Heavyweights stumble in Southeast
SORRENTO, Fla. – As Georgia senior Adam Mitchell approached RedTail Golf Club’s 18th hole, one of his teammates yelled, “Hurry up, Mitch, and tap it in.”
Not only were dark clouds closing in quickly and thunder clapping overhead, but Mitchell was about to make another much-needed birdie for the Bulldogs.
Play was suspended just minutes after Mitchell tapped in for a team-low 68 in the first round of the NCAA Southeast Regional. The top three seeds – Georgia, South Carolina and Indiana – were the only teams to finish before a nearly four-hour rain delay.
Avoiding the delay wasn’t the only reason the top seeds were eager to get off the golf course. Except for South Carolina, it was a disappointing day for the headliners.
Second-seeded Indiana shot 10-over 294 and is in last place. The Hoosiers’ top player, Jorge Campillo, was 3 under par through 15 holes, but played his final three holes in 6 over to shoot 74. He made a quadruple-bogey 9 on the par-5 17th.
It was one of five scores of double bogey or higher for the 14th-ranked Hoosiers; none of their five players broke par on a day when more than one-third of the field was in the red.
Georgia, the No. 1 team in the Golfweek/Sagarin College Rankings, shot 2-under 282 to finish the day tied for seventh place, five shots outside the cut line. Mitchell was the only Bulldog to break par.
“It certainly wasn’t the opening round that we wanted to have, but we finished on a high note,” said Georgia head coach Chris Haack, whose team played the final two holes in 5 under. “They’ll probably be a little more apt to fire at flags (Friday).”
South Carolina, on the other hand, was in third after an 11-under 273. The Gamecocks finished fourth at the SEC Championship, 23 shots behind the champion Bulldogs, but had four players break 70 Friday.
The Gamecocks won the 2007 NCAA West Regional, but failed to advance to last year’s NCAA Championship.
South Carolina freshman Wesley Bryan led the team with a 67. Patrick Rada had a 68, while Mark Silvers III and George Bryan IV, Wesley’s older brother, shot 69s.
The Bryans’ father, George Bryan III, also played golf for South Carolina and owns the George Bryan Golf Academy in Chapin, S.C.
The Gamecocks are coming off a victory April 25 at the Cavalier Classic, which was shortened to one round because of weather.
“I think our wedges looked sharp and our attitudes looked good, which is what I wanted to see,” South Carolina head coach Bill McDonald said.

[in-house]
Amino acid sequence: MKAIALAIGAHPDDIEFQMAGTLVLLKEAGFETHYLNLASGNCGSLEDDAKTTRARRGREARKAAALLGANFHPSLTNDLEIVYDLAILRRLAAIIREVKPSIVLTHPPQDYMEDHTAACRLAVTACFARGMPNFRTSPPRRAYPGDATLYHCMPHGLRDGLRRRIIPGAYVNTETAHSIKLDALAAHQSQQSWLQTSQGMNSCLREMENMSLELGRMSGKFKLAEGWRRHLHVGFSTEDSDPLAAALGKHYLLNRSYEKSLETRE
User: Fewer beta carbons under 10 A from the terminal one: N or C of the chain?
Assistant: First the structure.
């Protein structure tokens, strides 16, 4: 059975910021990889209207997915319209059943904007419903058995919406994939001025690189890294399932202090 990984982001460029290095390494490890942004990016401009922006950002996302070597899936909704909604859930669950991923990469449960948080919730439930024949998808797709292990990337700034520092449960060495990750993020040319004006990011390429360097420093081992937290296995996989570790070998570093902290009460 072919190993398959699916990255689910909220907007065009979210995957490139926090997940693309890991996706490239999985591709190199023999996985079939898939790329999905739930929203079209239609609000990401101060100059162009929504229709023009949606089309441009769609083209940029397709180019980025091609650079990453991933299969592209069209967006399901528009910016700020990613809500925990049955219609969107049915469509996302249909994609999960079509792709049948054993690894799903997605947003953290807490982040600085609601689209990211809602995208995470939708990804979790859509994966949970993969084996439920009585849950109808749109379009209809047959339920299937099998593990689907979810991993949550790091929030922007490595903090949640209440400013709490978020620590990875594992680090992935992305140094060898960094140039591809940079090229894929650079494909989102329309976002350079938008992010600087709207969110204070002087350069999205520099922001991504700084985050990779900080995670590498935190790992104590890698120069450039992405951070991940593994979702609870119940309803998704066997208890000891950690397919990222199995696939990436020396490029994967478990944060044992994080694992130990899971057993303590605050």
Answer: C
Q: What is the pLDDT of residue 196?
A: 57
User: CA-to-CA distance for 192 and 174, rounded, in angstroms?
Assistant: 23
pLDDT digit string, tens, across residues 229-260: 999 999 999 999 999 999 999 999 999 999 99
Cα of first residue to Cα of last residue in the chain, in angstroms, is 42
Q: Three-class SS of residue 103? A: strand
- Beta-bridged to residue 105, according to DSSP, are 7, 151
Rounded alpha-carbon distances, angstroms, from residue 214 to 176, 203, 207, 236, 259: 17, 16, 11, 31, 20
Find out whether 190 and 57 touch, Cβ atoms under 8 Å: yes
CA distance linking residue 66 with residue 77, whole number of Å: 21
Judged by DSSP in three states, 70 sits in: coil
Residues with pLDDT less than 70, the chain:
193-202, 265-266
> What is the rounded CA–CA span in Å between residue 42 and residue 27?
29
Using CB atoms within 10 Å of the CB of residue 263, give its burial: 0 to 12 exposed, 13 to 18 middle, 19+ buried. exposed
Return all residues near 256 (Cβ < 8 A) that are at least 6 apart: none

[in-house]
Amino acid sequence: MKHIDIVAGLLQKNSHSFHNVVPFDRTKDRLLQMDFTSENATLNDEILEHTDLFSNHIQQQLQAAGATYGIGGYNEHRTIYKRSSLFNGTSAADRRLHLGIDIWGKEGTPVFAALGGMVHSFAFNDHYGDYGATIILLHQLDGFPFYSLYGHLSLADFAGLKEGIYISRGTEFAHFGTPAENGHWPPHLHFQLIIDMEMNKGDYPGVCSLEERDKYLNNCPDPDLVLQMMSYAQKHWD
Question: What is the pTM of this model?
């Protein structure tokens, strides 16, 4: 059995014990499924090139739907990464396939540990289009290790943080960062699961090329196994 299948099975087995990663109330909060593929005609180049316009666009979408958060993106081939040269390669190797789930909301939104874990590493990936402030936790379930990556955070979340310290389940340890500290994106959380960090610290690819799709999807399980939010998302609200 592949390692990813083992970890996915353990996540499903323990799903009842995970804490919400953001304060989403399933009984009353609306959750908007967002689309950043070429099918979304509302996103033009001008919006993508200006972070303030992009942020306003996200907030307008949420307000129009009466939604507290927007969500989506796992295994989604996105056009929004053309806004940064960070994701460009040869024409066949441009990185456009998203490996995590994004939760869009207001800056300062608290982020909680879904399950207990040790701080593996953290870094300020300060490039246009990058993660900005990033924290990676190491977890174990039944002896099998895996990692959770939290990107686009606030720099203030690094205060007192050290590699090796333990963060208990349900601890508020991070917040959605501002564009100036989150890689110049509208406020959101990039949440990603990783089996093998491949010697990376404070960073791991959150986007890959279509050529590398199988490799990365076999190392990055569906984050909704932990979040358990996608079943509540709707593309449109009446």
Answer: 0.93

Host Central Florida shot 16-under 268 to take the first-round lead, even though its two highest scores came from its two best players.
Simon Ward, who won this year’s Conference USA Championship at RedTail, shot 1-under 70, but was the team’s throwout score. Blayne Barber, the conference’s player and freshman of the year, shot 69.
Brad Schneider and David Johnson both shot 66 to lead the Knights. Devin Spies, playing in just his second event of the year, shot 67. Spies and Johnson were teammates at Brevard Community College.
Schneider shot 29 on his opening nine, then survived a wild final nine. He made double bogey on No. 1 (his 10th hole), including a one-stroke penalty when he picked up his ball on the green without marking it.
He made bogey on three of his next four holes to fall to 3 under par before making eagle on the par-5 seventh. He also made eagle on the par-5 17th after a 75-foot putt.
Arizona, coming off a ninth-place finish at the Pac-10 Championship, was in second place after shooting 14-under 270 Thursday. The Wildcats’ Tarquin MacManus shot 8-under 63 to hold the individual lead.
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MISCOMMUNICATION: Tournament organizers took a page out of the U.S. Golf Association’s book, playing the 506-yard, par-5 second hole as a par 4 for the NCAA Southeast Regional. One problem: no one told the players and coaches. The hole was played as a par 5 for this year’s Conference USA Championship.
Georgia’s players and coaches didn’t learn of the change until the back nine. The Bulldogs played the hole 3 over.
Georgia senior Brian Harman had a 3-iron for his second shot, and aimed for the middle of the green in hopes of an easy two-putt birdie.
“If it had been a par-4, he’d have gone at it because there’s not a lot of trouble (around the green) and you want to give yourself a legitimate birdie chance,” Haack said. “I was a little disappointed that they didn’t tell us. Did we play it poorly because of that? Who knows, but I can tell you the mentality is a little different.”
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SHORT SHOTS: Florida State’s Matthew Savage is one of three golfers tied for second at 66, including birdies on Nos. 15-18. It’s quite a turnaround for Savage, who shot 86 last Friday in a U.S. Open local qualifier at Santa Lucia River Club in Port St. Lucie, Fla. ...Florida Atlantic’s Kelly McHugh, who is playing as an individual, made a hole-in-one on the 208-yard, par-3 15th. ...Charlotte, which had to win the Atlantic-10 Conference Championship to make the postseason because of its sub-.500 record, is tied for third with South Carolina. Corey Nagy is in second place after a 6-under 65, while Stefan Wiedergruen fired 66.